Thursday, July 13, 2000
ECHO Magazine reviews Richard Grayson's THE SILICON VALLEY DIET
ECHO Magazine's August 17, 2000 issue features a review of Richard Grayson’s The Silicon Valley Diet in Ken Furtado's "Booked" column:
By Ken Furtado
. . . .
Arizona author Richard Grayson’s ninth short story collection, The Silicon Valley Diet (Red Hen Press, $14.95, trade pap.) contains a dozen works of fiction, having in common humor as dry as the desert and an assortment of nerdy-but-likeable Seinfeldian characters.
In “Willie 95,” the narrator reflects on his 30-year friendship with Willie, whose death he learned about on Compuserve, in sections titled after the menus of Microsoft Word.
“Salugi at Starbucks” is told via alternating narrative and e-mail exchanges, again spanning 30 years while Elihu waits in vain for his lover to move in.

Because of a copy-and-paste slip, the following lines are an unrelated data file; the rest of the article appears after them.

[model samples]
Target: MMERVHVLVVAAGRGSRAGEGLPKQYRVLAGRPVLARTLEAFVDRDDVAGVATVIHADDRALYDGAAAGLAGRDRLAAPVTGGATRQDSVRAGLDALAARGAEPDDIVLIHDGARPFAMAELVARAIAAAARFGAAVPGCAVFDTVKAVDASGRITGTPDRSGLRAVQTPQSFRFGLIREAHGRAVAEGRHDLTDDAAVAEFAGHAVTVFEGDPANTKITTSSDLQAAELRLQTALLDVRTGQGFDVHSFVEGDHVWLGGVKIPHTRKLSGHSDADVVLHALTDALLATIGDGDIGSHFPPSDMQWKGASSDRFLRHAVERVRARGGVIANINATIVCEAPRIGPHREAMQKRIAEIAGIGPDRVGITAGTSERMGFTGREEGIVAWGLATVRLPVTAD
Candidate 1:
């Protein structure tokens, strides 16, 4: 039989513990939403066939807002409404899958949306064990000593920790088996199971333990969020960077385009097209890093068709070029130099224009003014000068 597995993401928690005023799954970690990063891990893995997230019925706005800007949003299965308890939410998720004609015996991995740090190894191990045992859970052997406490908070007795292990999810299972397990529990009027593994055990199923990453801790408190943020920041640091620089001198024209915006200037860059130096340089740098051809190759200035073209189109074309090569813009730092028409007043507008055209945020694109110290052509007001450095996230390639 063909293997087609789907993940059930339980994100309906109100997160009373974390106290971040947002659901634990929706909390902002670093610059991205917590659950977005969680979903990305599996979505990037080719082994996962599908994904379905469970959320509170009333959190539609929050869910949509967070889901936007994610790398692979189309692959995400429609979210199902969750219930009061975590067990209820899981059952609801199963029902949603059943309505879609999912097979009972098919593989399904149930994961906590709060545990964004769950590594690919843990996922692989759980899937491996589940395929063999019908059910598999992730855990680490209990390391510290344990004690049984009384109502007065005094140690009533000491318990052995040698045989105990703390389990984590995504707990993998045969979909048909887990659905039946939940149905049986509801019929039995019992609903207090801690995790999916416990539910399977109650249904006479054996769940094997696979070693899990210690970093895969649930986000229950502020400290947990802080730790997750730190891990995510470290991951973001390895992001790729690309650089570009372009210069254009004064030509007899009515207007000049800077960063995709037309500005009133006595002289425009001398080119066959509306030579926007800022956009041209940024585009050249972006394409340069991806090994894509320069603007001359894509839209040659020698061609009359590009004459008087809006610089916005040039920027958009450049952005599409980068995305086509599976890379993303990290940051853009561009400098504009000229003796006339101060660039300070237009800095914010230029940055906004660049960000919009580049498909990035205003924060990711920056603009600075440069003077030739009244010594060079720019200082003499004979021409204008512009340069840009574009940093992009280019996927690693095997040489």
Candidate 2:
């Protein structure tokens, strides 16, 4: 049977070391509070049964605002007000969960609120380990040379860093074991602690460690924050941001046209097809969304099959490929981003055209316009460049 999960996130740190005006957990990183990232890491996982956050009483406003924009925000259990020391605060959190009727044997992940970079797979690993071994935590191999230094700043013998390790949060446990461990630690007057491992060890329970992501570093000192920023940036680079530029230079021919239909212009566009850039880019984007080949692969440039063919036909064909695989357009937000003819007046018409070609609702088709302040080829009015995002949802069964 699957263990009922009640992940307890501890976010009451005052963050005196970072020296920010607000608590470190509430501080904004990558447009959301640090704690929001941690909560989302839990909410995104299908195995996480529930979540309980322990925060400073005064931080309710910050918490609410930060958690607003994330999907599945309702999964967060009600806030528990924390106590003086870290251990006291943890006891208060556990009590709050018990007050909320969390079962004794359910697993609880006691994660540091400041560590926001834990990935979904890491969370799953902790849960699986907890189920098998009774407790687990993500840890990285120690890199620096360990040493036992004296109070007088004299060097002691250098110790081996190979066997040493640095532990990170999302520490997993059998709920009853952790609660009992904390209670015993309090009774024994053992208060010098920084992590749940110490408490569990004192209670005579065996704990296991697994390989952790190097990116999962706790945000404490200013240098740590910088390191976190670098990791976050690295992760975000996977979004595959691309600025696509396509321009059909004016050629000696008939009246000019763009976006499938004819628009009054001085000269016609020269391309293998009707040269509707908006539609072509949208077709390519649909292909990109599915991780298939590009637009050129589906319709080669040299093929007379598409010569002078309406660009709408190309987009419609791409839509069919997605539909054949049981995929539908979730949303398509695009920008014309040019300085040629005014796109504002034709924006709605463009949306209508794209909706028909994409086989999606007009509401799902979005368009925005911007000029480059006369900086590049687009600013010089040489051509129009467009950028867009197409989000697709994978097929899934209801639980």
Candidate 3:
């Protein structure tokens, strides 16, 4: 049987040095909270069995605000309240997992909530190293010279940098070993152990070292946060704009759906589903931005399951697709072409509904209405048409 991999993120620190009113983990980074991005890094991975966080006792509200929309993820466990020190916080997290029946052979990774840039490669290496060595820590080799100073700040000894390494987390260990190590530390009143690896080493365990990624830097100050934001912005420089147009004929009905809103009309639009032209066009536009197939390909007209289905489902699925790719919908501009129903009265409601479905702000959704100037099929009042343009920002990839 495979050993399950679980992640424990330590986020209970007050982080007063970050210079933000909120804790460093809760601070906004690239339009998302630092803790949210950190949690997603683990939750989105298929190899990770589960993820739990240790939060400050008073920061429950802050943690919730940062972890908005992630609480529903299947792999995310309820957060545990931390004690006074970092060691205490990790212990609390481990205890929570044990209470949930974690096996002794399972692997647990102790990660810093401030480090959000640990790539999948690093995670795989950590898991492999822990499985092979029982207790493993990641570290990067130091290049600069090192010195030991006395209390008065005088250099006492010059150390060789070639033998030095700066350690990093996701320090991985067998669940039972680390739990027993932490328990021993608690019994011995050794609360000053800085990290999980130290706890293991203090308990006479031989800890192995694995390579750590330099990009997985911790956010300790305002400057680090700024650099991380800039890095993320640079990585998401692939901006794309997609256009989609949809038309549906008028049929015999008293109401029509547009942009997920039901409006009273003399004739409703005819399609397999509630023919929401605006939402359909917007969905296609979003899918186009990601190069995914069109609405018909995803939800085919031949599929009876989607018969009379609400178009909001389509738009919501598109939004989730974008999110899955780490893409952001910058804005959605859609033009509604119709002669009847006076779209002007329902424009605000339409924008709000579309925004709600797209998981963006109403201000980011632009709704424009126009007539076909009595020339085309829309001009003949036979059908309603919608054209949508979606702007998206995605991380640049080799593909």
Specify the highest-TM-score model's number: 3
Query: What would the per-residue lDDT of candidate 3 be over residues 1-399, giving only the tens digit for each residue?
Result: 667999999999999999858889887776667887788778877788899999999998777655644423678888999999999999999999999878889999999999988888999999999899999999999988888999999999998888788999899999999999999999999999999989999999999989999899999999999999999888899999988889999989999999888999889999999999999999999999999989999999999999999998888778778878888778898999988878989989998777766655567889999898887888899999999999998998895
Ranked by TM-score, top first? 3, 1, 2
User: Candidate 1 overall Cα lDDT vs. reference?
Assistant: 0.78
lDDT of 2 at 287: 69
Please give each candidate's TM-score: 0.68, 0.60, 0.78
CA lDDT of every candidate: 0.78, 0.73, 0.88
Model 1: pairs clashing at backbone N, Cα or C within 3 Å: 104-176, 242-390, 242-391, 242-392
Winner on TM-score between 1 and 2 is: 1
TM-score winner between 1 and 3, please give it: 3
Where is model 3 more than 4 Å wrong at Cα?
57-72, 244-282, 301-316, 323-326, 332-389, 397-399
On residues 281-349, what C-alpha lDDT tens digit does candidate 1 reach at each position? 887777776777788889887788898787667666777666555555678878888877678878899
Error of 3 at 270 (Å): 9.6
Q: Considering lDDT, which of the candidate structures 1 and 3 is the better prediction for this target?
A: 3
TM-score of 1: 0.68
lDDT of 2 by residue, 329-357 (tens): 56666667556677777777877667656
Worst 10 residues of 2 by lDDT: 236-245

The sections of “Anything but Sympathy” are named aftr words that can be formed from the letters S, P, O and T (spot, stop, post, etc.)
Many of the stories involve the inability to find or keep a boyfriend, an affinity for non-Caucasian lovers, and dissatisfaction with the narrator’s height (he’s short).
Grayson excels at a sort of Valley-speak mixed with stream of consciousness; his characters ramble on at length, brain-surfing from one topic or thought to another.
Many stories rely on a technique of alternating passages of complementary text with the narrative, as in “Moon Over Moldova,” in which we learn about Moldova while the narrator tells us about secretly loving this hot South American, then developing similar feelings for the guy’s lover. Effective for a single story, the technique loses its effectiveness when used repeatedly.
But Grayson’s humor will keep you turning the pages. His bullshit detector is dead-on, as in this sentence, from the title story: “I’d long ago given up going to slaughterhouses and trying to approach aspiring Abercrombie & Fitch catalog models emitting radiation from isotopes of unobtainium.”